Desportes proposed that the wars in 2030 won’t escalate to become the big wars like those that have happened in the past. War will no longer be a greek tragedy with a defined place and time-span. World forces will be engaged for long periods of time with diverse operations on multiple terrains; war will be multi-spacial and multi-dimensional. On a spacio-political level, the world is monopolistic but on a geopolitical level, the major players operate multipolarly; is multipolar. It’s like how in soccer, the good players don’t track individuals or blindly follow the ball, rather, they control what happens within their zone or “sphere of influence.” The goal will be for each major local player to control their space, which means that military action will probably be confined to nearby territories. As a result, the perception of a country’s power will be stem from their importance within their zones of influence and power.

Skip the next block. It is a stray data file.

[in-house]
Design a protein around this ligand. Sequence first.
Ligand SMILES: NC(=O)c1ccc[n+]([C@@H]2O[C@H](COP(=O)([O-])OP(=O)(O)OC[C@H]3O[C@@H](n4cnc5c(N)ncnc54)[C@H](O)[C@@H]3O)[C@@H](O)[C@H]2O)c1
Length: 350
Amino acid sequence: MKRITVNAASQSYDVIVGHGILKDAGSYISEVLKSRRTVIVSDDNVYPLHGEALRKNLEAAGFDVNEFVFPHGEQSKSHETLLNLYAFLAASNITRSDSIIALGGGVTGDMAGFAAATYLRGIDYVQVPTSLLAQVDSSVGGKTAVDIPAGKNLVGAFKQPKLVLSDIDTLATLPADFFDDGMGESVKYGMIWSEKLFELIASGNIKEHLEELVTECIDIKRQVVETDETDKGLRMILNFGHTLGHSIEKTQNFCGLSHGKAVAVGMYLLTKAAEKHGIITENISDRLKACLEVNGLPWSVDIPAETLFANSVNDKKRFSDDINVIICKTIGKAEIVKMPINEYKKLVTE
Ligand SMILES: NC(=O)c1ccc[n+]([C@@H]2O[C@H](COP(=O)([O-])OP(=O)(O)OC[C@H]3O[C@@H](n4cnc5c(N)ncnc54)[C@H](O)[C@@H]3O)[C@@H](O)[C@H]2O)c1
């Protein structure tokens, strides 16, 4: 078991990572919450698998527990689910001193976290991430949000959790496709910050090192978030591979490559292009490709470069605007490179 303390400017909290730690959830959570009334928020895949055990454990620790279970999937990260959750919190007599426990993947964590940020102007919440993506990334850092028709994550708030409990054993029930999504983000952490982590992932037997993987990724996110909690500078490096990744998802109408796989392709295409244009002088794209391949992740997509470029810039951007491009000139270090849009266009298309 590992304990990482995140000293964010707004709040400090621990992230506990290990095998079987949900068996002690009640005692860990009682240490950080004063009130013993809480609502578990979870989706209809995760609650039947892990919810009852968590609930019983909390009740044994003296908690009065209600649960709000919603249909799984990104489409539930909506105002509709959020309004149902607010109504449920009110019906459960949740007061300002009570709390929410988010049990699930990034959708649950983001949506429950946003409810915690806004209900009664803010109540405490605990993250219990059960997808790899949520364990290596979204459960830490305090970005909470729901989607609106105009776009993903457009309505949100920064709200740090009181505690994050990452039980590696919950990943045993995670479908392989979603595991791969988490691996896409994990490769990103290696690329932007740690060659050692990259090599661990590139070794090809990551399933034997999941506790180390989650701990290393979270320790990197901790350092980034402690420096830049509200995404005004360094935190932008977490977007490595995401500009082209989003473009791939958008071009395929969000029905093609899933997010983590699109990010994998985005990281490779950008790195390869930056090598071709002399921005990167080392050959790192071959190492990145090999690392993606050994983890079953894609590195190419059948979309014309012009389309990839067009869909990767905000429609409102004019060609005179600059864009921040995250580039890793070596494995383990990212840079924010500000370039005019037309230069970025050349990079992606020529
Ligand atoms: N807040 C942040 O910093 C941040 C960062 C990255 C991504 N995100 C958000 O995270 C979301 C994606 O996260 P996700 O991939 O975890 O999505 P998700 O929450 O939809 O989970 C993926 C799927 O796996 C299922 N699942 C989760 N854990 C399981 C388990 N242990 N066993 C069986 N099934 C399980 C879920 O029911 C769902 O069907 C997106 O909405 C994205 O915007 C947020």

Once the panelists had speculated upon where these wars of the future would be happening and who would be engaged in them, the conversation turned towards how these wars would play out. Desportes was of the opinon that the wars of tomorrow will not be robot wars or completely remote (though they may start out like that), but he believes that those who imagine a non-human war are confusing the war with its tools. Technology influences the warfare, not the war. As a result, it won’t change the broader art of war (which is based on long-standing strategies circa Sun Tzu), it will profoundly modify the art of the battle. The appropriate weapons of choice for a specific battle are determined by the social, political and strategic context surrounding each war, thus it makes sense that as the enemy has become faceless and obscure, the arms (like drones and nukes) are remotely deployed and in a sense, dehumanized too. But technology can only go so far, and all the panelists agreed with Desportes that though in the future many wars may contain battles fought remotely and with new-fangled weapons (maybe even robots),”human force hasn’t finished playing its role in the hard international competitions.”